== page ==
The Arbors - The Arbors Featuring I Can't Quit Her/The Letter

The Arbors - The Arbors Featuring I Can't Quit Her/The Letter
Genre:
Album:
The Arbors Featuring I Can't Quit Her/The Letter
Styles:
Sunshine Pop
Artist:
Release Date:
1968

Less than two years after the Box Tops took "The Letter" to number one, this Lettermen-style group ,with the help of future John Lennon engineer Roy Cicala and his wife, Lori Burton, took a semi-orchestrated remake of the Alex Chilton/Joe Cocker signature tune to the Top 20. In doing so, "The Letter" became their signature tune as well, bringing the group with impeccable vocals to a much wider audience. Starting off with "Motet-Overture," the Arbors give new meaning to the term Gregorian chant. It's a wonderful prelude which melts into their astonishing version of "The Letter." The combination of acoustic guitars, vocal harmony, and orchestration takes the sterling composition into uncharted territory. The jet sounds at the end are more subdued than the Box Tops, but everything blends perfectly. Following this innovative production with a Beatles medley is as foretelling as the "Motet-Overture," which begins the disc. Hugh McCracken, guitarist for both Paul McCartney and John Lennon at various times, gets to play on "Good Day Sunshine" and "Got to Get You Into My Life" before his work on Ram and Double Fantasy. More than a medley, this version is a mixture of the two songs -- the Ray Coniff Singers gone rock & roll, if you will. "Lovin' Tonight (Maybe Tonight)" is one of the two originals here, put together by arranger/conducter Joe Scott, a pleasant diversion from all the pop reconstructon that is the album's main focus. It's the combination of talents, from Joe Scott and engineer Shelly Yakus to the producers, and all involved's willingness to experiment with a style considered so straight-laced that makes songs like the complete reinvention of "Like a Rolling Stone," with modulation and stops, as creative as what Jimi Hendrix would do to the same melody. Al Kooper's "I Can't Quit Her," Billy Roberts' "Hey Joe" (who says they weren't listening to what Jimi Hendrix was covering?), the Doors, and even another song from "The Letter" author Wayne Carson all get the treatment. Carson's "Mr. Bus Driver" sounds like "Come on Down to My Boat Baby" fused with the "gotta get back to my baby" line from "The Letter." Get it? First he used an airplane, now the sequel has the author taking a bus -- from "listen Mr." at the airline ticket counter to listen "Mr. Bus Driver," it's a little contrived, but sequels are always fun. Stripping the sexuality out of the Doors' "Touch Me" makes it sound more Simon & Garfunkel than the cover of "For Emily, Whenver I May Find Her." Edward Farran and Fred Farran, along with Scott Herrick and Tom Herrick, the two sets of brothers who make up the Arbors, may think the music is sexy, but it is not. More important is that they've created a soundtrack for seduction. There's an excellent interview with the bandmembers from Circus Magazine used as the liner notes. The Arbors Featuring: I Can't Quit Her/The Letter is a highly experimental and entertaining album. It's too bad they didn't take this concept a bit further. Imagine doing this to songs by U2, Roxy Music, and the Velvet Underground? The album closes with an explosive, apocalyptic "Hey Joe" and the return of the sound which Tibetan Monks would find popularity with a couple of decades later. Truly groundbreaking work.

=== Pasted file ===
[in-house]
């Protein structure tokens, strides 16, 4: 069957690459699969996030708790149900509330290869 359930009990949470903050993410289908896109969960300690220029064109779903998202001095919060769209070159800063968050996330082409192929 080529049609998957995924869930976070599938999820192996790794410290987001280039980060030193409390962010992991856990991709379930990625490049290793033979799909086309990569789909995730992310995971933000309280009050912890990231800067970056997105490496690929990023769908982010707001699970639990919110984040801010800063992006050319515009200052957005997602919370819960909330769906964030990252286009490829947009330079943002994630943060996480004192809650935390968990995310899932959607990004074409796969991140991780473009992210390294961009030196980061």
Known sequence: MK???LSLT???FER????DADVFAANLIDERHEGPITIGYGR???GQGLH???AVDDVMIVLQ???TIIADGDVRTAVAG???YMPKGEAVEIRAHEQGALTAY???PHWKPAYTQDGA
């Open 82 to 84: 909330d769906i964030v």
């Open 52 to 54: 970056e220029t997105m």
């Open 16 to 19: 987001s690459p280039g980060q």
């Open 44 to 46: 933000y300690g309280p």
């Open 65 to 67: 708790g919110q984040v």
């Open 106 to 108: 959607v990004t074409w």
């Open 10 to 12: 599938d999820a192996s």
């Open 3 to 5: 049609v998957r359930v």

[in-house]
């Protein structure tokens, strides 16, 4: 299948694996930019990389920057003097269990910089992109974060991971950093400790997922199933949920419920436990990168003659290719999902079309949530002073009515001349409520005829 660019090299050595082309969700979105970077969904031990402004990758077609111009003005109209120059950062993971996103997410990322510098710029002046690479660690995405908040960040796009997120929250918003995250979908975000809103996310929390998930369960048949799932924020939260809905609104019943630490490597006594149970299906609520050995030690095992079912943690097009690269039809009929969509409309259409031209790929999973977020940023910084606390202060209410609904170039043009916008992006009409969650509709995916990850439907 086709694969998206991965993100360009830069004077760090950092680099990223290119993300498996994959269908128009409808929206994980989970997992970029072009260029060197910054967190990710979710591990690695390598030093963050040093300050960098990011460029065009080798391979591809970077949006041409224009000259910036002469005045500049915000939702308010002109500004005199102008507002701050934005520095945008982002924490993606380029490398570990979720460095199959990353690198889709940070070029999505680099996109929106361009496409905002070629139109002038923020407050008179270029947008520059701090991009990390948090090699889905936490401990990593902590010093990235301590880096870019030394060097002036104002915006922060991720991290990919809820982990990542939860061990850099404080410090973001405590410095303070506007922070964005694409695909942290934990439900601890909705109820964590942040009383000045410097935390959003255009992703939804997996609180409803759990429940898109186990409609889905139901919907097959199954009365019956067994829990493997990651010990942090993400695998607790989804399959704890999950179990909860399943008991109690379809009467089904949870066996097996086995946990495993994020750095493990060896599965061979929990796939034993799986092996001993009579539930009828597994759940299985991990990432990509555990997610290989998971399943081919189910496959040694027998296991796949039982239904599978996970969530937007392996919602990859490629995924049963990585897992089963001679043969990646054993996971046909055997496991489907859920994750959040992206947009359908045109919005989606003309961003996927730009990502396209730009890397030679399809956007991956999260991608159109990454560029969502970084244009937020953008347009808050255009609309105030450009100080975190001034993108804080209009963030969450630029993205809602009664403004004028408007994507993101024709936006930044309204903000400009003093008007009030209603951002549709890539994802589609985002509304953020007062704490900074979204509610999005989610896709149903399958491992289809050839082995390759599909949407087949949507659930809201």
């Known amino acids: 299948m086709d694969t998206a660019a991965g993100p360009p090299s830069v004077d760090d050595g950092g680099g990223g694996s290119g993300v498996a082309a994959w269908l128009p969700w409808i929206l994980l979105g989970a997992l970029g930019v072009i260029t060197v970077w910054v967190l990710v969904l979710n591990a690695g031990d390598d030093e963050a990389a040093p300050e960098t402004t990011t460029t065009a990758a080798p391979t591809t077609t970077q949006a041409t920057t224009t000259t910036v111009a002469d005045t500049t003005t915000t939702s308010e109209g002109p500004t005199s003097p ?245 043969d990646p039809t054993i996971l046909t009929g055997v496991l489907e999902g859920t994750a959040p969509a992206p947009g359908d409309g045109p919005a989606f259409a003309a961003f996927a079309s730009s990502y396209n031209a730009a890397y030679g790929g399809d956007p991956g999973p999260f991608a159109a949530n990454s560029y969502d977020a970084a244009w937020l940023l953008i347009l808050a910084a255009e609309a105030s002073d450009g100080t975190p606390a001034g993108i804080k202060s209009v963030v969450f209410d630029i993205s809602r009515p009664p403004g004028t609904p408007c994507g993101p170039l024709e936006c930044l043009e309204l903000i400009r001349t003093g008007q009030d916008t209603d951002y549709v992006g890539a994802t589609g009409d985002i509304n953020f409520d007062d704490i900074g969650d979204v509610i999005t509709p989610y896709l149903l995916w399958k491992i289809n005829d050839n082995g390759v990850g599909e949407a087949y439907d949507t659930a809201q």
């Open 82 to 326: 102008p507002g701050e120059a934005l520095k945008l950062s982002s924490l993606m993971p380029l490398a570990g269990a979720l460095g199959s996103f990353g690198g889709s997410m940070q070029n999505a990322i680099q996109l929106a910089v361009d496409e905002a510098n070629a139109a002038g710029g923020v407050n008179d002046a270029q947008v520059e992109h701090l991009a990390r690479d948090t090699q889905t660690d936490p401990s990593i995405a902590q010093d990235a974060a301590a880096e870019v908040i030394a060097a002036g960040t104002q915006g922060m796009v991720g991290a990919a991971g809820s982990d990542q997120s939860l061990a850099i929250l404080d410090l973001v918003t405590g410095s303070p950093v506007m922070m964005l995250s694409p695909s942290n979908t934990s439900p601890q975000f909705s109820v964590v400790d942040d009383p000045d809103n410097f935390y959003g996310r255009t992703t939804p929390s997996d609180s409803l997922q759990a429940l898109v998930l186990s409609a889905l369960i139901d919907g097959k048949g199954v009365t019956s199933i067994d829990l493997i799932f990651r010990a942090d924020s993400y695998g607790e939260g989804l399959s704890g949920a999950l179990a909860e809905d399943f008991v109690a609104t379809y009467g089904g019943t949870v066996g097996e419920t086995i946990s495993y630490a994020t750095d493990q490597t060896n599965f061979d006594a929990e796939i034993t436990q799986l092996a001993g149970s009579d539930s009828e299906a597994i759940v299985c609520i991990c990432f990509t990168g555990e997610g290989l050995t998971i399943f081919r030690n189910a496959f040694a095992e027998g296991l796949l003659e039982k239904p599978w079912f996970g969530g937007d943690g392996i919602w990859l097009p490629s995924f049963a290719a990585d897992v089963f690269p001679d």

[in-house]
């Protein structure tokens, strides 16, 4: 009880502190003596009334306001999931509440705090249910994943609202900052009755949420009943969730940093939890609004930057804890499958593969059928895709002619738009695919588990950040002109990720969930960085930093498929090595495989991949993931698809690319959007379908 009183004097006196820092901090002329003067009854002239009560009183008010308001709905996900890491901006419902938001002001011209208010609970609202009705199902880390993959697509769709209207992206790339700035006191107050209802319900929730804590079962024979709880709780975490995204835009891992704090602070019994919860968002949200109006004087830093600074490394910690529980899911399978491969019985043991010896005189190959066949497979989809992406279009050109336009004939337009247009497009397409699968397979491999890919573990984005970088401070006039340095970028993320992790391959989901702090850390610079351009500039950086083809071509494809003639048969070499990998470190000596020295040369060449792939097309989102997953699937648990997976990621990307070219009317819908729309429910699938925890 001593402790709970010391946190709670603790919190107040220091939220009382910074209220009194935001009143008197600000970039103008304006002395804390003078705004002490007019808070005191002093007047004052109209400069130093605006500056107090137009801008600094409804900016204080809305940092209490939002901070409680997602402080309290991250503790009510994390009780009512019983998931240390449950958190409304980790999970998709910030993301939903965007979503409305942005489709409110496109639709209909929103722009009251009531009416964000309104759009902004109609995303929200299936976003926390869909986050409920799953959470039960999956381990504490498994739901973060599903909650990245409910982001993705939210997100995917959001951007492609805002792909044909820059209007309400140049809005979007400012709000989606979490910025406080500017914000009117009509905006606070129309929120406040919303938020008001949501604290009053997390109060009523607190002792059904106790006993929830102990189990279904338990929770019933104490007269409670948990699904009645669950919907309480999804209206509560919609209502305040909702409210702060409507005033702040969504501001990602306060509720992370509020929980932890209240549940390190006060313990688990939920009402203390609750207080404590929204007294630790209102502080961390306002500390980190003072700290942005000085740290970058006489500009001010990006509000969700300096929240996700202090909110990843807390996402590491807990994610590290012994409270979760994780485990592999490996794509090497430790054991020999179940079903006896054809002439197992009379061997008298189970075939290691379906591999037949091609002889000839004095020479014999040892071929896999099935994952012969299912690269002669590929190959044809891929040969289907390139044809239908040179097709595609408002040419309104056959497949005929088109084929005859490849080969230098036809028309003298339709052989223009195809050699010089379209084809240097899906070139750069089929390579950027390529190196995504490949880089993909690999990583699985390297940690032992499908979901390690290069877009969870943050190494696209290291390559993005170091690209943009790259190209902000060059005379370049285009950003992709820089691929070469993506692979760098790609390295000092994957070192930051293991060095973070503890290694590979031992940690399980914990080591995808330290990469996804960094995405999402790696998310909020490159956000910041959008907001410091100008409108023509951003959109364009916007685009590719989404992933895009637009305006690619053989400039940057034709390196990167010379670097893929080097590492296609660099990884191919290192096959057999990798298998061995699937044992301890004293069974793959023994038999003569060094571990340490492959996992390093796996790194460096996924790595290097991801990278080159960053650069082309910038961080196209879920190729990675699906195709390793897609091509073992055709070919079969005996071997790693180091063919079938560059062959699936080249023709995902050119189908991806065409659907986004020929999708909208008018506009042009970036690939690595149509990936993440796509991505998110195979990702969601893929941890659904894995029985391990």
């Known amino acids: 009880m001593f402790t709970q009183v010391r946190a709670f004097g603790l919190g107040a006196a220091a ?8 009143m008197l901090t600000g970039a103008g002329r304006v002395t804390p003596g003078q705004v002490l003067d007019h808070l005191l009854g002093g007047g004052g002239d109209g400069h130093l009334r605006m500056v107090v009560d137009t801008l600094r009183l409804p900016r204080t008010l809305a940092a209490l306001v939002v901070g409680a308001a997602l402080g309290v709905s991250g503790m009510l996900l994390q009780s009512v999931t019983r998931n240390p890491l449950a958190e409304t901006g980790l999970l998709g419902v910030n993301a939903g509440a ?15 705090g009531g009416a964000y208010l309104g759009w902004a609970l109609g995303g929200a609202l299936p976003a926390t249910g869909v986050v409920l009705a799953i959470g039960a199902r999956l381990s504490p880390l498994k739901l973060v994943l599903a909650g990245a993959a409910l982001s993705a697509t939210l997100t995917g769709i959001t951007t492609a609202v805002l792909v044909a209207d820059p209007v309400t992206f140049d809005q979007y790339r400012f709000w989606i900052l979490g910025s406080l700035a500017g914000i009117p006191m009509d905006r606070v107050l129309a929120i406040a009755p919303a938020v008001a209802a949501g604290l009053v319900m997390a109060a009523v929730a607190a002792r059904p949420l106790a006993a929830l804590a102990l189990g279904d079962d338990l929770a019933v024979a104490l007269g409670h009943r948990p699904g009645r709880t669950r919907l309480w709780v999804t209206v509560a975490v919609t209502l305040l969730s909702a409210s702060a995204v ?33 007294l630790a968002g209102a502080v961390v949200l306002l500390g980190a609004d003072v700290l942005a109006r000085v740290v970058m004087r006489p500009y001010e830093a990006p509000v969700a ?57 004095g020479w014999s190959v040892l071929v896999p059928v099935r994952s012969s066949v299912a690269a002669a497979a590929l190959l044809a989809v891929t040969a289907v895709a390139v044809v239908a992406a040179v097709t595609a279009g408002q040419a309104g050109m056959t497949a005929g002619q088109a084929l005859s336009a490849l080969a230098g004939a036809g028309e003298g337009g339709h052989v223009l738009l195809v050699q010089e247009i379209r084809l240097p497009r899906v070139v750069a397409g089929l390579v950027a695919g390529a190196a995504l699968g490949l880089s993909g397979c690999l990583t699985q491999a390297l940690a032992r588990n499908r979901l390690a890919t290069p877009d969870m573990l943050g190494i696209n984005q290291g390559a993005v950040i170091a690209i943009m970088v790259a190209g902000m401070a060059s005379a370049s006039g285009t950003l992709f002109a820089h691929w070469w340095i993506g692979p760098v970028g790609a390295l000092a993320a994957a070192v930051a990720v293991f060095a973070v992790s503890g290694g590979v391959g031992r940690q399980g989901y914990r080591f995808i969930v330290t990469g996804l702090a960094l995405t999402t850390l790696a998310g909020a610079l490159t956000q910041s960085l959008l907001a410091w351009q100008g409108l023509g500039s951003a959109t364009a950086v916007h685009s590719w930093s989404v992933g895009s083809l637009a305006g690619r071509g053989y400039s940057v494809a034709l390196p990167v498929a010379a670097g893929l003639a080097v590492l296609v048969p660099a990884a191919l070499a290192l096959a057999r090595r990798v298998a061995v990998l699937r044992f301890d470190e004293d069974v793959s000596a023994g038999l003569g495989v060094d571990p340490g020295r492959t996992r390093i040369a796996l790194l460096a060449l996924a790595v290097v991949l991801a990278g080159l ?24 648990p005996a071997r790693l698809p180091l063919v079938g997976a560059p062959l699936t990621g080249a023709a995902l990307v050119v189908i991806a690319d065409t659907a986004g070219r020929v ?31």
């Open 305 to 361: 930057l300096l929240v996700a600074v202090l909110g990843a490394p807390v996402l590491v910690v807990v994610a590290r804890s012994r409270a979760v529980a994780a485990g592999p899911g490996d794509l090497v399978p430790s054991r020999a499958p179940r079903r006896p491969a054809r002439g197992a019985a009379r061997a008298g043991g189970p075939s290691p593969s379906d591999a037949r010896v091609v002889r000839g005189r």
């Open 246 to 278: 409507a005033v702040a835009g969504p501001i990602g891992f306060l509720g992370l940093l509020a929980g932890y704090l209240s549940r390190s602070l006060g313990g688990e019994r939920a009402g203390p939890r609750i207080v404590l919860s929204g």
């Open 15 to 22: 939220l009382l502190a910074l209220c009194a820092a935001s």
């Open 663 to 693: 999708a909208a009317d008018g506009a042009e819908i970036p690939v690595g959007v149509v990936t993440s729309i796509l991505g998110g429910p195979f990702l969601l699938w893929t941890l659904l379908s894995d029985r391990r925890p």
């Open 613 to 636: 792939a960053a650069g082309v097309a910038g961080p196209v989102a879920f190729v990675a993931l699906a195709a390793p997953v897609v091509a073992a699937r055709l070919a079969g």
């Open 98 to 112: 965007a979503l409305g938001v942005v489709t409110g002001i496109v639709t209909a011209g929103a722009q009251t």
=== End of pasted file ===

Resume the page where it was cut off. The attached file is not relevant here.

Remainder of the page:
Title/ComposerPerformerTime
Motet - OvertureThe Arbors
Letter / Wayne CarsonThe Arbors
Good Day Sunshine/Gotta Get You into My Life / John Lennon / Paul McCartneyThe Arbors
Lovin' Tonight (Maybe Tonight)The Arbors
Like a Rolling StoneThe Arbors
I Can't Quite Her/For EmilyThe Arbors
Whenever I May Find HerThe Arbors
Most of AllThe Arbors
Mr. Bus DriverThe Arbors
Touch Me / The DoorsThe Arbors
Hey JoeThe Arbors

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